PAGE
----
San Diego County CA Property Taxes in 2021

Paying your property taxes in San Diego is a relatively straightforward process, if you know exactly what the rules are. 

If you do not, you’ll probably end up very confused and may not pay your taxes on time, which leads to owing extra money and fees. 

On the other hand, once you know all the rules and how everything works, you won’t have to worry about the ins and outs, since you’ll know when, how, and what amount is due.

Read this article for all the information you need to know to pay your property taxes, including details on exemptions and credits. 

Here's a quick rundown of our list:

Due Dates

The due dates on your property taxes are something that leaves many people perplexed.

Unlike the norm, the fiscal year for property tax purposes starts on July 1 each year. 

You must also be aware that you have to pay these taxes twice a year. 

If you haven’t owned your house for a whole year, you will receive a pro-rated bill, so you will still be responsible for paying these taxes.

The first payment is due by December 10 and the second is due by April 10. 

The payments should be postmarked by these dates and not necessarily at the tax collector’s office on that date.

However, you don’t want to put off paying your taxes, since it could lead to adverse effects for years to come. 

For example, if you do not pay by these dates, you will incur late penalty charges or worse, depending on how much you owe or how late you paid a bill.

When you receive your tax bill, all of this information is printed on it, but it never hurts to do research for yourself. 

We've written extensively about San Diego property tax due dates. 

Tax Rates

It is important to understand how your property taxes are calculated.

The County Assessor for San Diego assesses the value of each home, based on age, size, neighborhood, and other stipulations.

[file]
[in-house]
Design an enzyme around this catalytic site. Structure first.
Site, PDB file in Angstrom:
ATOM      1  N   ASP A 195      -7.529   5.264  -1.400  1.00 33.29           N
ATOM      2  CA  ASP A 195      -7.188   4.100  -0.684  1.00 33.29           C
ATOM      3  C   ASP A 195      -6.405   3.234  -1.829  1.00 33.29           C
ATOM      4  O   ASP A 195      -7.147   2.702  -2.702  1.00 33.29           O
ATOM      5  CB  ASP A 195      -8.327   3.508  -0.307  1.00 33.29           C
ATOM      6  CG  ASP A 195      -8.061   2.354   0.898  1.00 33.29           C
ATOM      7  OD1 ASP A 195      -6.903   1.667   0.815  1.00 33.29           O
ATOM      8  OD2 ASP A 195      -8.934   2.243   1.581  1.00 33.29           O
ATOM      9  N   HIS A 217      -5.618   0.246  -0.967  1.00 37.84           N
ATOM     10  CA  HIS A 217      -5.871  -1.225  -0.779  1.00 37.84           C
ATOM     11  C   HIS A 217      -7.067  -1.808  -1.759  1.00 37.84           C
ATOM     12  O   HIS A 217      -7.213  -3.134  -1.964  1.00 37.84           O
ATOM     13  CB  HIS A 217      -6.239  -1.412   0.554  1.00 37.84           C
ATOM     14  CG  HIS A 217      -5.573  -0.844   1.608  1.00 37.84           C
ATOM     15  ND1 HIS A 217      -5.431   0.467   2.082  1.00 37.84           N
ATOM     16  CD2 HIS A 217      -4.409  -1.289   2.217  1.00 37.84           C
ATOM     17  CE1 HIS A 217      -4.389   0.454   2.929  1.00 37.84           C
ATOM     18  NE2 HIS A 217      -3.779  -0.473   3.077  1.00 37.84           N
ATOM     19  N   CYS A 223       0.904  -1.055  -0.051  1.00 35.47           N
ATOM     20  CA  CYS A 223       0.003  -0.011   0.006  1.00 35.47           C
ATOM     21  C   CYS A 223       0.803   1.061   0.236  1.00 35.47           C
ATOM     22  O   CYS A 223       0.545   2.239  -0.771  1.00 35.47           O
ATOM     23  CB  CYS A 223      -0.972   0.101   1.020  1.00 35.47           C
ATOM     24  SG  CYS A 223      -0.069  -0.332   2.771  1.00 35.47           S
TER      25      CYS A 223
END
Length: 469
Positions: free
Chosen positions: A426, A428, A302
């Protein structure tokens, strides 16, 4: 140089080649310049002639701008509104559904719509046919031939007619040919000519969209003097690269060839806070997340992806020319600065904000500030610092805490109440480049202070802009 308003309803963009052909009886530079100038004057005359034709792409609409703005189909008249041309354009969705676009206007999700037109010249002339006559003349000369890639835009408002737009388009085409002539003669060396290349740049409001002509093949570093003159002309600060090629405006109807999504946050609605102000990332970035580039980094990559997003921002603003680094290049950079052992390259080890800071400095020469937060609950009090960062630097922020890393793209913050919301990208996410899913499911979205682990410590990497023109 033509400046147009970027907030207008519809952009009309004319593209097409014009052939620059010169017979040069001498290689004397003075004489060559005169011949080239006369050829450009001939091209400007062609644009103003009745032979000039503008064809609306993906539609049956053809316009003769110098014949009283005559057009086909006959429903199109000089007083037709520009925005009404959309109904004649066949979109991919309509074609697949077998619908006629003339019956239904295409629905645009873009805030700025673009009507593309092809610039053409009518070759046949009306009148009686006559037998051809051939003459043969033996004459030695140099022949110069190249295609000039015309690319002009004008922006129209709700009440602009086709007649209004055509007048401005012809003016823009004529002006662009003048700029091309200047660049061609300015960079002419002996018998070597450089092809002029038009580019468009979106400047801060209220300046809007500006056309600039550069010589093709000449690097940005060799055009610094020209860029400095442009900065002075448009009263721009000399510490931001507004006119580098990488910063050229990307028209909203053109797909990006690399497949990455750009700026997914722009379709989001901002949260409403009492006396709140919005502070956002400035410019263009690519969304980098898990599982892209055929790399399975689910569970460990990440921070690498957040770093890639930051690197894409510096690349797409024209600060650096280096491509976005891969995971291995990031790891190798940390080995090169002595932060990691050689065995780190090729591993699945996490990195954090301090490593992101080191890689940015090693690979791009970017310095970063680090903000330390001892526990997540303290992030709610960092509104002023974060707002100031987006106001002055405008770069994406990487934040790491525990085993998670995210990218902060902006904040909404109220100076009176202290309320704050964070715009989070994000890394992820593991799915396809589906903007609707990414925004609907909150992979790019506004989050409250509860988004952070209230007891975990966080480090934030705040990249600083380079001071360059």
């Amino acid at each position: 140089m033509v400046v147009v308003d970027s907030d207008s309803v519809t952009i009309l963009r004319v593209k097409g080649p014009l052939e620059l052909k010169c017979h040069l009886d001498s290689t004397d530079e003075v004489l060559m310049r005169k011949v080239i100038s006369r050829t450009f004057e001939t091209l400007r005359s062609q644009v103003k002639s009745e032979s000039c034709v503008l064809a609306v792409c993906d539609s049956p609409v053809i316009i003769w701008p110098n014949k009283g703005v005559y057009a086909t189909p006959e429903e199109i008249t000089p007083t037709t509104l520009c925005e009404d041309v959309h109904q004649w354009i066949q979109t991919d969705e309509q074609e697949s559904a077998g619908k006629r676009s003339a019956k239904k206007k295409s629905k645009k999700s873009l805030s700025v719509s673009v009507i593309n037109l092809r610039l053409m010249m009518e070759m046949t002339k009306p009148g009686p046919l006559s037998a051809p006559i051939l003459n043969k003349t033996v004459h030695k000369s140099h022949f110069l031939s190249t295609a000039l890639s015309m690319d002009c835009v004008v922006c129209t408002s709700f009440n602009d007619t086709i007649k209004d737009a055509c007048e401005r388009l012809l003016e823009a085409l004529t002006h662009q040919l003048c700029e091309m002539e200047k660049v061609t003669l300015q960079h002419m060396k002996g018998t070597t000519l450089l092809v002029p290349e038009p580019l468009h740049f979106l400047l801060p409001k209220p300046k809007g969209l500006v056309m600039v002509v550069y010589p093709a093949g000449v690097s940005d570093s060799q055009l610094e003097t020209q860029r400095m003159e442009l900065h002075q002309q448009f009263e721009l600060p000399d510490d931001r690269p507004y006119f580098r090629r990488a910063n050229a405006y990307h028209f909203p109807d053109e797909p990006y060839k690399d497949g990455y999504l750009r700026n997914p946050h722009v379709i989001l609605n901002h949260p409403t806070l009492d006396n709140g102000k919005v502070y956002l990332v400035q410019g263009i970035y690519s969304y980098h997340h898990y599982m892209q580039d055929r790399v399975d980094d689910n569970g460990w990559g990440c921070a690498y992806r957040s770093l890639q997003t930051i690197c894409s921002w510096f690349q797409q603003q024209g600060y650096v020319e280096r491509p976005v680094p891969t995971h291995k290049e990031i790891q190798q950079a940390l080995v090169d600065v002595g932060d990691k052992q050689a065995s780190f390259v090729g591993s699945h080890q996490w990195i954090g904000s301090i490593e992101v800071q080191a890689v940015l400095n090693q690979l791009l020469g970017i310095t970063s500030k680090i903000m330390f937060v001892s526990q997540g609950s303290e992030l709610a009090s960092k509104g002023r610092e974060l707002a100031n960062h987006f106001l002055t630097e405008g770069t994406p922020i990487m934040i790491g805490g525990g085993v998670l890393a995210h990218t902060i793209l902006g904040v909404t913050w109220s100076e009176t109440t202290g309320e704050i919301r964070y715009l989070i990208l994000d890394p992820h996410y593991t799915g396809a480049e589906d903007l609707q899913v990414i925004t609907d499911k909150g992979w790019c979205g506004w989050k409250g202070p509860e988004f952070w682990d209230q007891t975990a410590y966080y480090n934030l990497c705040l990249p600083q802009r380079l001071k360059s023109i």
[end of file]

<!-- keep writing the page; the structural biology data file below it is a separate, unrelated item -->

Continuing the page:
After that assessment is made, the taxes are tallied. 

Essentially, the property taxes equal 1% of the value of your property, plus any bonds that were approved through local elections. 

These bonds will be on your tax bills as well, so be sure to read the entire bill, in order to know what you are paying for.

There are limits to how much your taxes can be raised each year, so they shouldn’t skyrocket from one year to the next. 

The taxes can’t be raised more than 2 percent a year, but they can be raised each year, so they may get higher every year. 

We've written extensively about San Diego property tax rates. 

Homeowners Property Tax Exemption

It isn’t all gloomy when it comes to paying property taxes however.

You may be able to benefit from a number of exemptions, but one of the most significant ones is the Homeowner’s Property Tax Exemption.

This program is offered by the Assessor’s Office through the state of California. 

It allows you to get a $7,000 reduction in the assessed value of your property, or a savings of around $70 a year. 

The best part is that you may qualify for it for more than one year and all you have to do is fill out an application to see if you are eligible. 

You must file for this exemption no later than February 15 for the full amount. 

If you don’t, you won’t get the full exemption amount.